MARTIN FELDSTEIN ACCIDENTLY PROVES EITHER (I) 152 > 186 OR (II) IT IS MATHEMATICALLY IMPOSSIBLE FOR ROMNEY TO KEEP HIS TAX-POLICY PROMISES
for unnecessarily complicating the issue of Mitt Romney's income tax proposal. Sample;
The IRS data show that taxpayers with adjusted gross incomes over $100,000 (the top 21% of all taxpayers) made itemized deductions totaling $636 billion in 2009. Those high-income taxpayers paid marginal tax rates of 25% to 35%, with most $200,000-plus earners paying marginal rates of 33% or 35%.
And what do we get when we apply a 30% marginal tax rate to the $636 billion in itemized deductions? Extra revenue of $191 billion—more than enough to offset the revenue losses from the individual income tax cuts proposed by Gov. Romney.As the Nabokov-phile 'Vivian Darkbloom' points out to the Tax Policy Center (originators of the claim that Romney's proposal is mathematically impossible), you can put all the fancy assumptions in your pipe and ....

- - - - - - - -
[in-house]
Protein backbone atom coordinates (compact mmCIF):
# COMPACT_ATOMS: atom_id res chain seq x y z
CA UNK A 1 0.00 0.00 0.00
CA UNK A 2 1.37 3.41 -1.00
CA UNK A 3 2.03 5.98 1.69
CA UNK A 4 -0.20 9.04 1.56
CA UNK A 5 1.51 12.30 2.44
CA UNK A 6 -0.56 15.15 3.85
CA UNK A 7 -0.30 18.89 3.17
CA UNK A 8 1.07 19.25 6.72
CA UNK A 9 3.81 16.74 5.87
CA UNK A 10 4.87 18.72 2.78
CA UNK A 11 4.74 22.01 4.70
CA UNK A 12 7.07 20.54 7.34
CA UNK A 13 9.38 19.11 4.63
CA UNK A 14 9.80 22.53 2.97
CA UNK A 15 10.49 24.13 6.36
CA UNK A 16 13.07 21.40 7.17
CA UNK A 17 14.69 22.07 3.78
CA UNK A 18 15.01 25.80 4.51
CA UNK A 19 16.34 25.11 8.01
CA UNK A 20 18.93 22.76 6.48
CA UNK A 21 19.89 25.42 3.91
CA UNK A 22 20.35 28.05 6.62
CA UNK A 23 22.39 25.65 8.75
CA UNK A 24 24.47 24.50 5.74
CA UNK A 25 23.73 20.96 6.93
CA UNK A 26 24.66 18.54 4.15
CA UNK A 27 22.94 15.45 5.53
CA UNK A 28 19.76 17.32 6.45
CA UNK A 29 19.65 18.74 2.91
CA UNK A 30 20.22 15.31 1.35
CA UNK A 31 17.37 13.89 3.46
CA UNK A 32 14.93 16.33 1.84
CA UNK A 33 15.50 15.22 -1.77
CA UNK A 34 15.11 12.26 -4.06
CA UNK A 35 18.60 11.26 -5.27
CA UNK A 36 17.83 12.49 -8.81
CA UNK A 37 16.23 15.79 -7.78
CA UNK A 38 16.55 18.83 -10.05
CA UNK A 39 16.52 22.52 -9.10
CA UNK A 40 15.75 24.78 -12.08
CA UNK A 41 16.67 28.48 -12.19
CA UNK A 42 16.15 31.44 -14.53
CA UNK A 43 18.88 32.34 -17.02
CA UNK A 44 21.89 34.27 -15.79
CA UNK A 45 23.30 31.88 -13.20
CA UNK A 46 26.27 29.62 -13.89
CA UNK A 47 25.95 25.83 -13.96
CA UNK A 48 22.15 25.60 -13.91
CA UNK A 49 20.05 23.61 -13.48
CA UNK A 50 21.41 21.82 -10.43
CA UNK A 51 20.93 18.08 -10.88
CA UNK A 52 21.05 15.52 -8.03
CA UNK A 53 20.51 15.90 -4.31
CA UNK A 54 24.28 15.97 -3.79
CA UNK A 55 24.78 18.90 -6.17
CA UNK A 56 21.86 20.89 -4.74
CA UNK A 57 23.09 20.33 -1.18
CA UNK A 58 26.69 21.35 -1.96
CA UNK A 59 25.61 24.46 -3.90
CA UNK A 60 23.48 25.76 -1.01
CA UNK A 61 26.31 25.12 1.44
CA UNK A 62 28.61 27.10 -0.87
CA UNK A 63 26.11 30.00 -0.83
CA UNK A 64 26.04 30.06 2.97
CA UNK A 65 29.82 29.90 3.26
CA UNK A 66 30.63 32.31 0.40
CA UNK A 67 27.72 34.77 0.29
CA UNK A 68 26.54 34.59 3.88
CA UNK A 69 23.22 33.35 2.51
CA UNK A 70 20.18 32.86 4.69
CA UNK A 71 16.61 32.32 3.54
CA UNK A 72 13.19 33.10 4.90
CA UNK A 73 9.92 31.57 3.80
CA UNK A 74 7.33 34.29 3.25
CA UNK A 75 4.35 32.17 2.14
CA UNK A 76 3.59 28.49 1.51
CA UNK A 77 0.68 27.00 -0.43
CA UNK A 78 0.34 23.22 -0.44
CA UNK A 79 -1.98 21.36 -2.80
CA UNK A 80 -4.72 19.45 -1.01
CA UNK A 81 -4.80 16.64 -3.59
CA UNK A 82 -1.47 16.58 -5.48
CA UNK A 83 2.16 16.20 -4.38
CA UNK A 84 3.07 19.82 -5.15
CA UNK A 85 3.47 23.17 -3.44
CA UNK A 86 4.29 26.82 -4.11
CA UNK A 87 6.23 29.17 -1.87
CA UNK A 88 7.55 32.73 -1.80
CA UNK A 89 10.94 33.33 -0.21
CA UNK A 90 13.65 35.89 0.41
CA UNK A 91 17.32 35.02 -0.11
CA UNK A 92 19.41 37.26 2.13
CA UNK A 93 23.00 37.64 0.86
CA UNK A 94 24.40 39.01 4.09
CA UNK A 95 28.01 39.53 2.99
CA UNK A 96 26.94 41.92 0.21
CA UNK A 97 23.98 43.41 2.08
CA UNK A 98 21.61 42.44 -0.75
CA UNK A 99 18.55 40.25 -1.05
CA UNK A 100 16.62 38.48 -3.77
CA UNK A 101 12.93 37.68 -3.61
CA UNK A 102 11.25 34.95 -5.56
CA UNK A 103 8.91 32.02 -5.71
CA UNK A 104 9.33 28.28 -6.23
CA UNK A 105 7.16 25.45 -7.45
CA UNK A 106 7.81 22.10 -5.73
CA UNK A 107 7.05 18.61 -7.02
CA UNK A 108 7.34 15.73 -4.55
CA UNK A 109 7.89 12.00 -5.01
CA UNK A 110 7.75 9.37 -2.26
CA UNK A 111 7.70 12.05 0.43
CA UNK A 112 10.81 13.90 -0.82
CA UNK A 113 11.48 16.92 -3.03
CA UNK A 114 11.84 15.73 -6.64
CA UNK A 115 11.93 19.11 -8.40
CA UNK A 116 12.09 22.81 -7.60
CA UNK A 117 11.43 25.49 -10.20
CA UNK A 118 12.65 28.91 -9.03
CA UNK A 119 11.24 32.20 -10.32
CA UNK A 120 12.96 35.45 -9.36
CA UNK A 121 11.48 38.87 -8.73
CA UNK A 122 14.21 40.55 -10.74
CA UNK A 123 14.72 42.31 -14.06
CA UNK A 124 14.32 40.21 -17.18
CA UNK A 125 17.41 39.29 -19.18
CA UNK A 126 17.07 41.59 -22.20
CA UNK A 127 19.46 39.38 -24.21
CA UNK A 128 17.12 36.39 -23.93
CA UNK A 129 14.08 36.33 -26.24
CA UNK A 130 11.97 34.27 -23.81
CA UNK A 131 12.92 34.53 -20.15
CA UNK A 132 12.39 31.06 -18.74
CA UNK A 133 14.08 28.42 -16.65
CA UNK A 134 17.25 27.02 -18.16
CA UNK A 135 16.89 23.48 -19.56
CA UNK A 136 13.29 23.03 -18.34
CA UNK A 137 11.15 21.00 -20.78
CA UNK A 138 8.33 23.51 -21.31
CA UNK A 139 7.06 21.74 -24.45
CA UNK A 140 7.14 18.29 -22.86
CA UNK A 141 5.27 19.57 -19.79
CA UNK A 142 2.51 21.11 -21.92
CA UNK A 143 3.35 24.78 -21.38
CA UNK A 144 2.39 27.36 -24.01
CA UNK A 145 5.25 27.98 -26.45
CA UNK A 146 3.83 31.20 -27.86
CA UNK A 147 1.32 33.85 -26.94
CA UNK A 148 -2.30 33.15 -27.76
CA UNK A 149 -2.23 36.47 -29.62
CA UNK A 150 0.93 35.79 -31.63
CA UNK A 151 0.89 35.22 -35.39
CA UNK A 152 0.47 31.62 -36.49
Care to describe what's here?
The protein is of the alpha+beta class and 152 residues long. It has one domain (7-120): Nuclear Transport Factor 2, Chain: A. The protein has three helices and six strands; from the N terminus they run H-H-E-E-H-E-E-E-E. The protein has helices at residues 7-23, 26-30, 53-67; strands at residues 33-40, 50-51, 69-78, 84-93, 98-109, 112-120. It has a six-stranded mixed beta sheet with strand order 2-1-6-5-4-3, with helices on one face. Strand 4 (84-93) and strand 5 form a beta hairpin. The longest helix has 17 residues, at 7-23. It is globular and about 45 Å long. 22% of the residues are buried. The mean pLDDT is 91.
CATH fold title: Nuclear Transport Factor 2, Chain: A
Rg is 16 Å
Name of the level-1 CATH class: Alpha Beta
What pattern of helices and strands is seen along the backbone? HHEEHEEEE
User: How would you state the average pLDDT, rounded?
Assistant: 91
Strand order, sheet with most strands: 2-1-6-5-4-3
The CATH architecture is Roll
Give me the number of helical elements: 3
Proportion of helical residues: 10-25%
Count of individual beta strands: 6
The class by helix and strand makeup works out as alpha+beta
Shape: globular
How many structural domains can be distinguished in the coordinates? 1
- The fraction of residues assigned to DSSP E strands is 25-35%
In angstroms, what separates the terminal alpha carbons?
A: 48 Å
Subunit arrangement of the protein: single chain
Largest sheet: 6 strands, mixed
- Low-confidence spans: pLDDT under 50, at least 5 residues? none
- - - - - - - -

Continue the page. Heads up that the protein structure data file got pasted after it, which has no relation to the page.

'Cause the math is quite simple. If one has a gross income of $1,000 and the government allows $200 of deductions against that, for an AGI of $800 and taxes that at the current top marginal rate of 35%, it takes in $280 in revenue.
Which is exactly the same revenue it would get by allowing zero deductions on the same income of $1,000 and taxing it at a rate of 28%. Which is Romney's proposal, lower rates by 20% and eliminate deductions. So simple even a Phd in economics should be able to understand it.